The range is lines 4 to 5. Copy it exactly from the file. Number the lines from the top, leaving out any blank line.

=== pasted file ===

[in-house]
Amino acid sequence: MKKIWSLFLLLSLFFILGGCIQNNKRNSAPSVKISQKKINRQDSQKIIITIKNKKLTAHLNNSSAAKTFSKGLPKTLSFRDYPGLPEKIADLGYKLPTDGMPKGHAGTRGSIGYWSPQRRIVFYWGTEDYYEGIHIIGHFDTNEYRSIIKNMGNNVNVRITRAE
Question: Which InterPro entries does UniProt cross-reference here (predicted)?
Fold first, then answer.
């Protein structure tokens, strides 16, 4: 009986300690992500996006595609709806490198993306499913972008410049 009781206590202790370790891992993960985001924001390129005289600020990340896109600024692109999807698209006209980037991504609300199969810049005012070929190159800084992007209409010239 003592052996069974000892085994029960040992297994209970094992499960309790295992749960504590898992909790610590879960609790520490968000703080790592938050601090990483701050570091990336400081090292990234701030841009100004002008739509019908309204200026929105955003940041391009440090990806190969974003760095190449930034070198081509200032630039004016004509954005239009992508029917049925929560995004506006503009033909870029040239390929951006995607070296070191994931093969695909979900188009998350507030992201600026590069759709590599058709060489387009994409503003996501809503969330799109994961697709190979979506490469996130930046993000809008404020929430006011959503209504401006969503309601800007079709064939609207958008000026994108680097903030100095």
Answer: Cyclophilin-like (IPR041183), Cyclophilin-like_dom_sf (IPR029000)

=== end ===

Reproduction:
Fold first, then answer.
């Protein structure tokens, strides 16, 4: 009986300690992500996006595609709806490198993306499913972008410049 009781206590202790370790891992993960985001924001390129005289600020990340896109600024692109999807698209006209980037991504609300199969810049005012070929190159800084992007209409010239 003592052996069974000892085994029960040992297994209970094992499960309790295992749960504590898992909790610590879960609790520490968000703080790592938050601090990483701050570091990336400081090292990234701030841009100004002008739509019908309204200026929105955003940041391009440090990806190969974003760095190449930034070198081509200032630039004016004509954005239009992508029917049925929560995004506006503009033909870029040239390929951006995607070296070191994931093969695909979900188009998350507030992201600026590069759709590599058709060489387009994409503003996501809503969330799109994961697709190979979506490469996130930046993000809008404020929430006011959503209504401006969503309601800007079709064939609207958008000026994108680097903030100095």